Suggested Reading: 'Chemists show life on Earth was not a fluke'

cells


There are a variety of theories about life 'out there'. We can set aside the ones that say 'an all knowing old man who lives in the clouds made everything' but there are those who believe that life on Earth was a fluke. The thinking goes that it life on our planet required a combination of random factors that are unlikely to reoccur anywhere else. That theory appears to have been debunked in an article in the Conversation by Andrew Bissette:
"...scientists have used a set of these biomolecules to show one way in which life might have started. They found that these molecular machines, which exist in living cells today, don’t do much on their own. But as soon as they add fatty chemicals, which form a primitive version of a cell membrane, it got the chemicals close enough to react in a highly specific manner.

This form of self-organisation is remarkable, and figuring out how it happens may hold the key to understanding life on earth formed and perhaps how it might form on other planets."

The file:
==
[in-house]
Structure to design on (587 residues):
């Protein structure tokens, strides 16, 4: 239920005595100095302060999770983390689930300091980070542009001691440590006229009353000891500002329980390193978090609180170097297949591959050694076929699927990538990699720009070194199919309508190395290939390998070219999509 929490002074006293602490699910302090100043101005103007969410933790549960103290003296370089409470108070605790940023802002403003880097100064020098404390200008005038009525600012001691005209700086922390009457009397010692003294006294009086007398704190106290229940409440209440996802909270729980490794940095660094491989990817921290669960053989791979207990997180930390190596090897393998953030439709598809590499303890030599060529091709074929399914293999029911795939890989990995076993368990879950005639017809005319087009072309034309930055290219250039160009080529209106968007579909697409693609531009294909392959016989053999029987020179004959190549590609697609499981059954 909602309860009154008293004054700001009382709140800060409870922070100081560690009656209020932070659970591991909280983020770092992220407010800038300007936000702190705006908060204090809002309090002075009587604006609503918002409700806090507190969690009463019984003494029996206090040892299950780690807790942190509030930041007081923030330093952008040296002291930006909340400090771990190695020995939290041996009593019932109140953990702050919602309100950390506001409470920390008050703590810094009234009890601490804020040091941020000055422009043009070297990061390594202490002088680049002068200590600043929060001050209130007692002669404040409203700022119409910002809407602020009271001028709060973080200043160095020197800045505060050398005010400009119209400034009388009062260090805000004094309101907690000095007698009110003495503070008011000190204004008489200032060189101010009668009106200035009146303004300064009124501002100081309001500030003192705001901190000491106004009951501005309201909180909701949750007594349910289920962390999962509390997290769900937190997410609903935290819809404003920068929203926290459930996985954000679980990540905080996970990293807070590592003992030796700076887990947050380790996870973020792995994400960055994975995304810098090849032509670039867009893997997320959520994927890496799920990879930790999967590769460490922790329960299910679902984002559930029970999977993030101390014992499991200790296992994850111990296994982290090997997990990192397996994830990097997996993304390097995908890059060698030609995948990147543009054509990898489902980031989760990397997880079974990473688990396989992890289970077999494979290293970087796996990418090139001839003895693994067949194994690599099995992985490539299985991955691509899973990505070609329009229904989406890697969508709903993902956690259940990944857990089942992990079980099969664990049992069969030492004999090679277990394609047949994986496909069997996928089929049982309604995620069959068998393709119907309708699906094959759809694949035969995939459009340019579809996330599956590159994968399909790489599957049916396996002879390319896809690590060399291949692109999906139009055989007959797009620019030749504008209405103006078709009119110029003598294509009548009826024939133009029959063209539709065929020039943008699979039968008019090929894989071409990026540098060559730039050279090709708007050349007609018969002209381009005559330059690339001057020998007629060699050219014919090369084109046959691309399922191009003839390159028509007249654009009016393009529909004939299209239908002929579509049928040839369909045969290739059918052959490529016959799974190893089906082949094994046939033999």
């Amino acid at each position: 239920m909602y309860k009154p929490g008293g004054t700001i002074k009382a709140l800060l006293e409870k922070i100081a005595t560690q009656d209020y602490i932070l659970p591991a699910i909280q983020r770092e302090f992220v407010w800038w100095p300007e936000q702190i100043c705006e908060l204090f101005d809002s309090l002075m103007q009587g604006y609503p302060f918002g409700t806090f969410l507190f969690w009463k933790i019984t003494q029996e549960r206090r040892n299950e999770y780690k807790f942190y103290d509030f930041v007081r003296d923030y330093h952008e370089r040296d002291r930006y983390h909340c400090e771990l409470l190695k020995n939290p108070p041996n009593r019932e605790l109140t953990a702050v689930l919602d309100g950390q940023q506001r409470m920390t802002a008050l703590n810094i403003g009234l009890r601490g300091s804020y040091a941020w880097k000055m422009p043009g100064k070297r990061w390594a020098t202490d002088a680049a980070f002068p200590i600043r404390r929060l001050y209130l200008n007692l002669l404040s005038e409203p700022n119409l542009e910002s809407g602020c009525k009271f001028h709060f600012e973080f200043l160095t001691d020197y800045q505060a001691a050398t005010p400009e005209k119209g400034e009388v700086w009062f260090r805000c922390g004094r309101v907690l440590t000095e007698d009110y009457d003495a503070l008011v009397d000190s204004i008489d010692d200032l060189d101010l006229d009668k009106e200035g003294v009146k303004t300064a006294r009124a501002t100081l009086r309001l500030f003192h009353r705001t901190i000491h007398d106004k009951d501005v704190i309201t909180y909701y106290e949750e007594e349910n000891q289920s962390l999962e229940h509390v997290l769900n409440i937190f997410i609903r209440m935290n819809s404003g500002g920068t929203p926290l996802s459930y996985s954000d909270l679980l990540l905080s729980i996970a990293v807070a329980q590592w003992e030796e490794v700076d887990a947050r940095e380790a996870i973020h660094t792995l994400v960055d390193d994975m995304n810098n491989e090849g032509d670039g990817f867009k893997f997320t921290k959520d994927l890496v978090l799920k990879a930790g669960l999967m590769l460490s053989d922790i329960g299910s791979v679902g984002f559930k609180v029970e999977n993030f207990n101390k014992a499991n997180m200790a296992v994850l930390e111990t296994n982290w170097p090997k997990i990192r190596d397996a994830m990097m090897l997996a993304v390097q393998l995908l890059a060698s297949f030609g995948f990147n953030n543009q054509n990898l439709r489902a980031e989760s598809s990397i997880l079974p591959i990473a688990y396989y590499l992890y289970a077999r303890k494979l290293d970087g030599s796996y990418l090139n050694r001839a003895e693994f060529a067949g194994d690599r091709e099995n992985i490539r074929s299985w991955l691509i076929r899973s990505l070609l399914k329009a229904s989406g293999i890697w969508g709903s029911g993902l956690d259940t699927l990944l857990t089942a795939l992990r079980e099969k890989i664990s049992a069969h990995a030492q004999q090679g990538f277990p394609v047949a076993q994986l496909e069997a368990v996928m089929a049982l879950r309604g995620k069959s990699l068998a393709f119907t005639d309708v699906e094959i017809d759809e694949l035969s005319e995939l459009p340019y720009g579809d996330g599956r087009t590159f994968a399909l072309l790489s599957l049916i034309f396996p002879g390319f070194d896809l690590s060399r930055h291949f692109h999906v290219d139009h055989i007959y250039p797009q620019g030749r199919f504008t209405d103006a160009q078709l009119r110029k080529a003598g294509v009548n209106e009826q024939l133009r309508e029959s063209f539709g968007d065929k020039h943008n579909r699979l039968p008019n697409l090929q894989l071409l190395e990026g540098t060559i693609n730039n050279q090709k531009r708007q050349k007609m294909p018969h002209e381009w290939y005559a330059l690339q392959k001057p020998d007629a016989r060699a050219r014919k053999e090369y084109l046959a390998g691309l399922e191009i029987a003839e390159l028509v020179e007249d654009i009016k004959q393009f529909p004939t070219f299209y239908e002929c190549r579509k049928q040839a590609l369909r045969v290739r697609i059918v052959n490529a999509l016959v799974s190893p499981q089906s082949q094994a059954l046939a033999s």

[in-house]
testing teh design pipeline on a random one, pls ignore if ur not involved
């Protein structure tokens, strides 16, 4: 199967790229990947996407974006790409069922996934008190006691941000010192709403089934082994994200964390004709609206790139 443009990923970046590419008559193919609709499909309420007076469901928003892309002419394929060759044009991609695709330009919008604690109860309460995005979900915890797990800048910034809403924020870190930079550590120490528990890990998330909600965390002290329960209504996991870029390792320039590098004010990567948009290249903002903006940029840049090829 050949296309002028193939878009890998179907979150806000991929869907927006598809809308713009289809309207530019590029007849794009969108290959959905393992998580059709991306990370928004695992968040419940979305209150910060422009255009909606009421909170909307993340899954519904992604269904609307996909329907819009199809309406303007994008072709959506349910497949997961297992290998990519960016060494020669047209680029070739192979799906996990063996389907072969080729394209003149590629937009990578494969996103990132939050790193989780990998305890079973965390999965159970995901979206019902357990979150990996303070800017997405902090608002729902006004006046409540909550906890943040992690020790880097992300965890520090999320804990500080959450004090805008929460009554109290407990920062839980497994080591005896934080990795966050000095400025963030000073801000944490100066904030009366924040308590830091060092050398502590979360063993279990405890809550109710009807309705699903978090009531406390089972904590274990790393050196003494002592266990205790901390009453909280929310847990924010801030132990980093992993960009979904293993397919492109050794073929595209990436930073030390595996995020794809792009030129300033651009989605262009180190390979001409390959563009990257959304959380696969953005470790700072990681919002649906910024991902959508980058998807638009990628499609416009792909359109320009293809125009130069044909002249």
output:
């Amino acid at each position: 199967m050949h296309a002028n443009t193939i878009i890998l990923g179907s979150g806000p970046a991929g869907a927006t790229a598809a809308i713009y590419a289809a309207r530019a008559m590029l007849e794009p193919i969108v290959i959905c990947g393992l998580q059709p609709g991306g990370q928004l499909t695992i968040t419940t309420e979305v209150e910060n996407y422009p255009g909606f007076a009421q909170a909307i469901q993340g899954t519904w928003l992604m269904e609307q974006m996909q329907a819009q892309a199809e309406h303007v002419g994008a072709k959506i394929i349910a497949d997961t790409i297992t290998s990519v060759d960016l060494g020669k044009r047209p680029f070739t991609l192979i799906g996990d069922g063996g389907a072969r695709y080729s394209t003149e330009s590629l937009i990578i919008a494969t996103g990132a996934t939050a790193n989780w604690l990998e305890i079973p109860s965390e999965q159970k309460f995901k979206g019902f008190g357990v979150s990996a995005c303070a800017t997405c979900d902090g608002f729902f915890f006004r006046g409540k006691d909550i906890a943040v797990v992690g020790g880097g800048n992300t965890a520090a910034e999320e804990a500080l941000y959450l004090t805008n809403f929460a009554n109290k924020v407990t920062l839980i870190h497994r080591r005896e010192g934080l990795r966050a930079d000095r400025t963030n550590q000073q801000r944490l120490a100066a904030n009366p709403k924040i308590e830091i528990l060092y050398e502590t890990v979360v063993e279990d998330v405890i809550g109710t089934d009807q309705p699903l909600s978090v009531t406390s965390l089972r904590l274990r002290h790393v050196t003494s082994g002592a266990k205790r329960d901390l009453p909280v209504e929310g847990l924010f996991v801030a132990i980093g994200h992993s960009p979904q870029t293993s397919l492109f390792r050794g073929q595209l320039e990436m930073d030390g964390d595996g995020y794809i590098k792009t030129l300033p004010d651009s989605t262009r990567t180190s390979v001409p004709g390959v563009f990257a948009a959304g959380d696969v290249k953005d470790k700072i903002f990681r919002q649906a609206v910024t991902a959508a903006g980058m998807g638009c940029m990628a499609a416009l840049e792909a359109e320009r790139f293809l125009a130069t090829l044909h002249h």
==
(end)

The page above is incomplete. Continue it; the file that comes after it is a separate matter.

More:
Read the full article here.

In addition to reading the article, I'd like to suggest that you check out the publication 'the Conversation' and maybe subscribe to its feed. Originally from Australia, the Conversation has just added a UK Beta site. It is billed as "A new journalism project featuring content from the sharpest academic minds." The founding partners are, in fact, primarily Universities including Aberdeen, Birmingham, Bristol, Cardiff, City, Glasgow Caledonian, Liverpool, Open, Salford, Sheffield, Surrey, UCL and Warwick. In other words, it could be a welcome voice to the conversation and the 'marketplace of ideas'.
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